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Hyperion Records

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Postcard depicting Brahms composing his Symphony No 1 (c1900). Austrian School, 20th century
Private Collection / Archives Charmet / Bridgeman Art Library, London
Track(s) taken from CDS44331/42
Recording details: July 2005
Wathen Hall, St Paul's School, Barnes, United Kingdom
Produced by Andrew Keener
Engineered by Simon Eadon
Release date: November 2006
Total duration: 34 minutes 53 seconds

'The pick of this crop has to be Brahms's Complete Chamber Music from Hyperion. Spanning more than two decades, this box contains the finest, mainly British, performances, some very recent … Brahms's two dozen chamber works are among his greatest achievements, and yield little or nothing in quality to the better known output of Mozart and Beethoven. This box contains much buried treasure' (The Mail on Sunday)

'Immerse yourself in this set of 12 CDs of Brahms's chamber music … in the last 25 years, Hyperion has managed to persuade some of the finest of chamber musicians to reveal their affection for Brahms in recordings of remarkably consistent quality … altogether life affirming music in life enhancing performances: surely one of the best buys of the year?' (BBC Music Magazine)

'This magnificent 12-CD collection … Marc-André Hamelin and the Leopold String Trio find the right gypsy touch in the First Piano Quartet … the Florestan Trio is movingly intense in the piano trios … Lawrence Power's playing of the viola alternative to the clarinet sonatas is magical. And there's much more! A superb bargain' (Classic FM Magazine)

'Stellar artists, fine sound, splendid presentation. Superb!' (ClassicalSource.com)

Piano Quartet No 3 in C minor, Op 60
composer
1873/4; reworking of discarded Quartet in C sharp minor from 1854/5

Allegro non troppo  [10'56]
Scherzo: Allegro  [4'12]
Andante  [9'21]

Other recordings available for download
Marc-André Hamelin (piano), Leopold String Trio
Introduction  EnglishFrançaisDeutsch
For long, the unfinished C sharp minor Piano Quartet remained in the composer’s drawer. In the late 1860s Brahms showed it to his first biographer, Hermann Dieters, with the words: ‘Imagine a man who is just going to shoot himself, for there is nothing else to do.’ In 1873–4, however, Brahms took up the work afresh and radically revised it, the tonality dropping by a semitone, as the Piano Quartet in C minor Op 60. It is believed that Brahms recomposed the original finale to make it the scherzo; a new finale replaced it, and almost certainly the Andante is also new. Speaking about the end result to his publisher Simrock, Brahms still used the image of a man contemplating suicide, saying the cover should show a picture of a head with a pistol to it; and he hinted in various ways, both to Simrock and other friends, that the Quartet could be taken as a musical illustration of Goethe’s novel Werther (whose protagonist does indeed shoot himself because of his anguish over a married woman whose husband he admires: the parallel with Brahms’s situation with regard to the Schumanns is obvious). Even now he delayed for nearly a year before making the work public: the premiere finally took place in Vienna on 18 November 1875, with Brahms at the piano, Joseph Hellmesberger on violin, and the famous virtuoso David Popper on cello.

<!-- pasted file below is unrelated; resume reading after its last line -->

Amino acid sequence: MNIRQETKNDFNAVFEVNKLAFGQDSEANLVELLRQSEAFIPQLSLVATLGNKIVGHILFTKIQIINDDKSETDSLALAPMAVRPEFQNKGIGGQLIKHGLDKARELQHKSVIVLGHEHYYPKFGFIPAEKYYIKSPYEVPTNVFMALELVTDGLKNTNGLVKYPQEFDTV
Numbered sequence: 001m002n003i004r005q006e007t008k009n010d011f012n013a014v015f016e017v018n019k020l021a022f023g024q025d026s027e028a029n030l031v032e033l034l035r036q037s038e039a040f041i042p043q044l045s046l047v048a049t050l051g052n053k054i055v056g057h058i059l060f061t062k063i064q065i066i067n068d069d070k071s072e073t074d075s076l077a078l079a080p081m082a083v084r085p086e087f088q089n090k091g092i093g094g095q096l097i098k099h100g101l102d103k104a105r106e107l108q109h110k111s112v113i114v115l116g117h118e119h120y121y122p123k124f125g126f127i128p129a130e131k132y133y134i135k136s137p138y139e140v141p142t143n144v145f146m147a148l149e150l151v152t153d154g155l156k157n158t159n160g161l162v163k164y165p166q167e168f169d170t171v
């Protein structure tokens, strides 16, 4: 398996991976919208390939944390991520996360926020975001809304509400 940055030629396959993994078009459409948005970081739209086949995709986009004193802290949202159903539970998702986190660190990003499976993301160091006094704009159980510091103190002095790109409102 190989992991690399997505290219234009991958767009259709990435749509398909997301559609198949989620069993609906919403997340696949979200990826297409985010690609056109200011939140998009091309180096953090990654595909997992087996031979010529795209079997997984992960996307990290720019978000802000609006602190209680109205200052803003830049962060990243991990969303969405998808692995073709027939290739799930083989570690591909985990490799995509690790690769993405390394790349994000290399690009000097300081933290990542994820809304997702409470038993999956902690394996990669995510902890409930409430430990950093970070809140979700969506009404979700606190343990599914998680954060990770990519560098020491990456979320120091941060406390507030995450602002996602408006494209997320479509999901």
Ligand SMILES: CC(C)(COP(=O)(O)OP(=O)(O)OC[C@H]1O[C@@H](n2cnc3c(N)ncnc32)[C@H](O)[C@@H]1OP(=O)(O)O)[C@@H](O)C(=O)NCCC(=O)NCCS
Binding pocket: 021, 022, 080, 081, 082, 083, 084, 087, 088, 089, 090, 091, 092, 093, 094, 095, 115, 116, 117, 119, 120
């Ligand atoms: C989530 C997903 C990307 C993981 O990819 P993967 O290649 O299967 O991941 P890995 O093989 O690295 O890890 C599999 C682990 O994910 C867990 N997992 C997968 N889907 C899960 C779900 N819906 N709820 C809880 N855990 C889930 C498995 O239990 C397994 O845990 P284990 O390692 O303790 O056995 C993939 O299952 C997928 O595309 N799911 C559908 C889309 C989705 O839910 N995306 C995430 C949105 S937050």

The first movement’s opening pitches us into a whirlpool of Romantic tribulation. The strings gasp out a two-note phrase that seems to speak the name ‘Clara’, and immediately unwinds a transposed version of Schumann’s personal ‘Clara-motif’. This is repeated in a different key before a stormy transition moves to a lyrical, Schubertian second subject whose self-contained melody immediately gives rise to a little group of four variations. The development is wrathfully strenuous; and in the recapitulation the group of variations is extended to project the music into a bitter, strife-torn coda that finally subsides as if exhausted.

The scherzo, in C minor, is a splendid movement in Brahms’s early vein of rhythmic dynamism. The tense, muttering figure of the opening dominates the proceedings. A plaintive, chant-like second theme is the only element with pathos enough to interrupt the powerful rhythmic drive. Unusually, there is no central trio section (a feature that supports the idea this was originally a finale); the movement is through-composed, building to an abrupt ending full of vehement defiance.

The song-like cello theme that begins the E major Andante, continued in a rapt duet with violin, brings emotional assuagement and calm. Here is the still centre of the work, encompassed in a broad sonata form with a dolce second subject in B major. The start of the recapitulation, with the cello melody now in octaves on the piano, accompanied by guitar-like pizzicati from the cello and viola, is wonderfully evocative.

A mood of anxiety and regret pervades the opening of the finale, a long violin solo against a relentless moto perpetuo quaver accompaniment. The quavers are augmented to form an irascible transition theme, and the second subject turns out to be an odd, quasi-religious chorale for the strings, with flippant (or perhaps cynical) rejoinders from the piano. There is a spectral air to the development, which brings about the intensified recapitulation, the piano eventually hammering out the chorale idea in a choleric C major. Then the movement gradually liquidates itself with a sense of exhaustion. The curt final cadence (Werther pulling the trigger?) indicates that the mood of unsatisfied fatalism has triumphed.

from notes by Calum MacDonald © 2006


Other albums featuring this work
'Brahms: Piano Quartets' (CDA67471/2)
Brahms: Piano Quartets

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